• sip:dan@[2001:db8:34a5::1]

  • sip:dan@[2001:db8:34a5::1]:5060

Of course, ideally you are using domain names and only have to type addresses like these for testing purposes.

If your application uses URLs or URIs anywhere, can it parse the square brackets correctly? What will it do if someone enters a URL with an IPv6 address without the square brackets?


Be aware that some protocols may have yet another way of representating IPv6 addresses. For instance, the Simple Mail Transport Protocol (SMTP) uses a notation that includes "IPv6:" inside the square brackets, as in: [IPv6:2001:db8:10ff::ae:44f2] (see section 4.1.3 of RFC 5321). If you will be dealing with literal IPv6 addresses, you will want to check how they are represented in each of the protocols your application is using.

Classless (CIDR) Notation Versus Subnet Masks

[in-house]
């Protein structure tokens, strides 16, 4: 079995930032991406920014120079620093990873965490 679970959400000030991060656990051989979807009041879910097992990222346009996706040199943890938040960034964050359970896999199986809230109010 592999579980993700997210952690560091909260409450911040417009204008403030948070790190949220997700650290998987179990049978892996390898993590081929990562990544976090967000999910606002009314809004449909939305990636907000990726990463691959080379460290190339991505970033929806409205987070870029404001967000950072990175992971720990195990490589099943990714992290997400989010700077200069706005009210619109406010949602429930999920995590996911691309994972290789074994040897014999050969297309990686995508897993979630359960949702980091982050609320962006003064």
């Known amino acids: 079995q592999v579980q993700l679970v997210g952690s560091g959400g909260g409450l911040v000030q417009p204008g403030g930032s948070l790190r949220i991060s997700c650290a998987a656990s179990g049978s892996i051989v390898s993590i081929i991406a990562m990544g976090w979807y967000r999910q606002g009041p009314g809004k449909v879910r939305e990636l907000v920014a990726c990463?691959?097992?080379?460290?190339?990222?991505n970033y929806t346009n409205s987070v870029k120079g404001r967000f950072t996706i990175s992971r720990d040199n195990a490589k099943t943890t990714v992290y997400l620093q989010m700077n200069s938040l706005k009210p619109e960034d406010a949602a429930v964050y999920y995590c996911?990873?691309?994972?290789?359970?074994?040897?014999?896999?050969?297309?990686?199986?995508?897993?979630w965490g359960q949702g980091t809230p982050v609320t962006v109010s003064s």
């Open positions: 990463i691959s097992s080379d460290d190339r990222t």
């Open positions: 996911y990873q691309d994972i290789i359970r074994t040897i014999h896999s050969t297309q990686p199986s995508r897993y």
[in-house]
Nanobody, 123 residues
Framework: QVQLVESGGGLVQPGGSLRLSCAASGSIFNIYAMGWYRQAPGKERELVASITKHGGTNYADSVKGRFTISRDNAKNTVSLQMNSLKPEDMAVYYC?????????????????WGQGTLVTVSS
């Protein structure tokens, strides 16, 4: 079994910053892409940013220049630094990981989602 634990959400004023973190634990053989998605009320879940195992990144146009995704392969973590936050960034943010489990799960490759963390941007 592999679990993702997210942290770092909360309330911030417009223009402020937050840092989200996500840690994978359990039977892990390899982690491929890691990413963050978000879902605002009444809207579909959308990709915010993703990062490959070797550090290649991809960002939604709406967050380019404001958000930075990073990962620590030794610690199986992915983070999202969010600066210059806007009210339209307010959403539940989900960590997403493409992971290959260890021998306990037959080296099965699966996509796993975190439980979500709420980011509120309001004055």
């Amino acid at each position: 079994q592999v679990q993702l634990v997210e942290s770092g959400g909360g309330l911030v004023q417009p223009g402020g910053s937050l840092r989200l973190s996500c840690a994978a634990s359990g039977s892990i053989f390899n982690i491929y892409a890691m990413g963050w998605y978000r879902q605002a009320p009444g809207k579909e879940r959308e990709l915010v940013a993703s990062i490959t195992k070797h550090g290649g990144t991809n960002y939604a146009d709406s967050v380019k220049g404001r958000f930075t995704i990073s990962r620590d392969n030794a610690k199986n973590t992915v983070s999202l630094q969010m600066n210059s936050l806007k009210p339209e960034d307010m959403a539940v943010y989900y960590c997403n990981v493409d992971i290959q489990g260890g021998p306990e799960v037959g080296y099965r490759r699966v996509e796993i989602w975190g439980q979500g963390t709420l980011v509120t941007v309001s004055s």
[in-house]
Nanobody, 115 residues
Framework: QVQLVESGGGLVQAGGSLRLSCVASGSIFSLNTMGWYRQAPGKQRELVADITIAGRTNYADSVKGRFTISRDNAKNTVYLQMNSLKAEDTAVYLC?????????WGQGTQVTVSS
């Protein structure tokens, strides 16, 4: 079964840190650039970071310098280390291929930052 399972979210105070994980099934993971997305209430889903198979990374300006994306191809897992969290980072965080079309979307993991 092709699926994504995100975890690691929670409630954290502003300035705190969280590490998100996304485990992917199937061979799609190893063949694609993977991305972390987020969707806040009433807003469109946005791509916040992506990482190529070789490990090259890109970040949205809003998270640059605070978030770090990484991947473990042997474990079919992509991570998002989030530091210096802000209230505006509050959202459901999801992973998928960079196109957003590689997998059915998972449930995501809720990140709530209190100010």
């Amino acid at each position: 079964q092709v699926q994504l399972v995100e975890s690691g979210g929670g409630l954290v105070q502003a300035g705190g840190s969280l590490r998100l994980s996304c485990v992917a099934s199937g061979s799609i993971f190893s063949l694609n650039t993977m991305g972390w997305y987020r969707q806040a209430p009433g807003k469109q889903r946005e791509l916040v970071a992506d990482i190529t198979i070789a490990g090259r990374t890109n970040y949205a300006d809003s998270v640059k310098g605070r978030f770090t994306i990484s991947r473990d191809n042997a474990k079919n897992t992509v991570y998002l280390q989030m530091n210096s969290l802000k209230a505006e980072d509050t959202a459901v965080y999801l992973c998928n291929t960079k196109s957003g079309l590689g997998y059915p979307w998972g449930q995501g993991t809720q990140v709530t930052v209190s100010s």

Another change in IPv6 is the way in which you differentiate the network portion of the IP address from the host portion. With IPv4, if you were giving someone your IP address, you would typically give it to them like this:

  • IP address with subnet mask

From an application point-of-view, you would typically have two separate fields to enter the IPv4 address and the corresponding subnet.

Now, some people in the IPv4 world would use Classless Inter-Domain Routing (CIDR) notation as specified in RFC 4632. You may have also heard this called slash notation or something similar. The idea is that instead of providing a specific subnet mask, you specify the number of bits that are significant for the network portion of the address. In the example above, the subnet mask of indicates that the first 24 bits (the three blocks of 8 bits) of the address represent the network portion and the remaining 8 bits represent the host portion. This is written in CIDR notation as:

  • IP address